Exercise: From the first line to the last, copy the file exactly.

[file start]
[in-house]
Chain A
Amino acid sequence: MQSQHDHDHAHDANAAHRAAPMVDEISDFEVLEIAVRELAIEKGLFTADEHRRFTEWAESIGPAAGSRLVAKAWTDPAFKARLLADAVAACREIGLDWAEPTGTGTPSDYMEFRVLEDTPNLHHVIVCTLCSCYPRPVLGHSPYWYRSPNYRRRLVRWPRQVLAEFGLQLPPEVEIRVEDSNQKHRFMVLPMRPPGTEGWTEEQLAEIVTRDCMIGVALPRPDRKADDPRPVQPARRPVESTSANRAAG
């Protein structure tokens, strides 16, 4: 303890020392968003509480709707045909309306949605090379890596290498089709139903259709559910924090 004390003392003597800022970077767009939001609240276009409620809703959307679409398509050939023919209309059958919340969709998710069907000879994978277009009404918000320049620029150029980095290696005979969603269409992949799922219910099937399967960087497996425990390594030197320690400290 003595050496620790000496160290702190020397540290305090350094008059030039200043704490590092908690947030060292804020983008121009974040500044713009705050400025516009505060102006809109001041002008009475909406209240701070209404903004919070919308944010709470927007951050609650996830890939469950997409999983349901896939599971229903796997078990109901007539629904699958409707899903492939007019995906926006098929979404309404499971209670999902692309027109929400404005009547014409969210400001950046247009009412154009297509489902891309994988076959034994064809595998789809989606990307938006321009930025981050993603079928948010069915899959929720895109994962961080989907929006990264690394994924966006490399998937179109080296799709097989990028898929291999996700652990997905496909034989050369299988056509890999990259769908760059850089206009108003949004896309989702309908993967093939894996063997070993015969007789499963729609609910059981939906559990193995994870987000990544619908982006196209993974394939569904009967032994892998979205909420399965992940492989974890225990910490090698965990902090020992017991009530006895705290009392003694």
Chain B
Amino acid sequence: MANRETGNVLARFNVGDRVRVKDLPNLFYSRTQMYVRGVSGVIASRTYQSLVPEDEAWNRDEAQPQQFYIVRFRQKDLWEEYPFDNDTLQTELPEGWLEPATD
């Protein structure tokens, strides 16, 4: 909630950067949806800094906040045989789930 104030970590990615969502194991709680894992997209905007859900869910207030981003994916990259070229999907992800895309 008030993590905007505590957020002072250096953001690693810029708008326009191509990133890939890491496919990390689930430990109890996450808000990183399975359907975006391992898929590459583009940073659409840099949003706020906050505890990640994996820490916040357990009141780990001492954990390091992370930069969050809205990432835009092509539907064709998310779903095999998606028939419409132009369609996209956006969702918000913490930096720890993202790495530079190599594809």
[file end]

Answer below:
[in-house]
Chain A
Amino acid sequence: MQSQHDHDHAHDANAAHRAAPMVDEISDFEVLEIAVRELAIEKGLFTADEHRRFTEWAESIGPAAGSRLVAKAWTDPAFKARLLADAVAACREIGLDWAEPTGTGTPSDYMEFRVLEDTPNLHHVIVCTLCSCYPRPVLGHSPYWYRSPNYRRRLVRWPRQVLAEFGLQLPPEVEIRVEDSNQKHRFMVLPMRPPGTEGWTEEQLAEIVTRDCMIGVALPRPDRKADDPRPVQPARRPVESTSANRAAG
């Protein structure tokens, strides 16, 4: 303890020392968003509480709707045909309306949605090379890596290498089709139903259709559910924090 004390003392003597800022970077767009939001609240276009409620809703959307679409398509050939023919209309059958919340969709998710069907000879994978277009009404918000320049620029150029980095290696005979969603269409992949799922219910099937399967960087497996425990390594030197320690400290 003595050496620790000496160290702190020397540290305090350094008059030039200043704490590092908690947030060292804020983008121009974040500044713009705050400025516009505060102006809109001041002008009475909406209240701070209404903004919070919308944010709470927007951050609650996830890939469950997409999983349901896939599971229903796997078990109901007539629904699958409707899903492939007019995906926006098929979404309404499971209670999902692309027109929400404005009547014409969210400001950046247009009412154009297509489902891309994988076959034994064809595998789809989606990307938006321009930025981050993603079928948010069915899959929720895109994962961080989907929006990264690394994924966006490399998937179109080296799709097989990028898929291999996700652990997905496909034989050369299988056509890999990259769908760059850089206009108003949004896309989702309908993967093939894996063997070993015969007789499963729609609910059981939906559990193995994870987000990544619908982006196209993974394939569904009967032994892998979205909420399965992940492989974890225990910490090698965990902090020992017991009530006895705290009392003694």
Chain B
Amino acid sequence: MANRETGNVLARFNVGDRVRVKDLPNLFYSRTQMYVRGVSGVIASRTYQSLVPEDEAWNRDEAQPQQFYIVRFRQKDLWEEYPFDNDTLQTELPEGWLEPATD
């Protein structure tokens, strides 16, 4: 909630950067949806800094906040045989789930 104030970590990615969502194991709680894992997209905007859900869910207030981003994916990259070229999907992800895309 008030993590905007505590957020002072250096953001690693810029708008326009191509990133890939890491496919990390689930430990109890996450808000990183399975359907975006391992898929590459583009940073659409840099949003706020906050505890990640994996820490916040357990009141780990001492954990390091992370930069969050809205990432835009092509539907064709998310779903095999998606028939419409132009369609996209956006969702918000913490930096720890993202790495530079190599594809």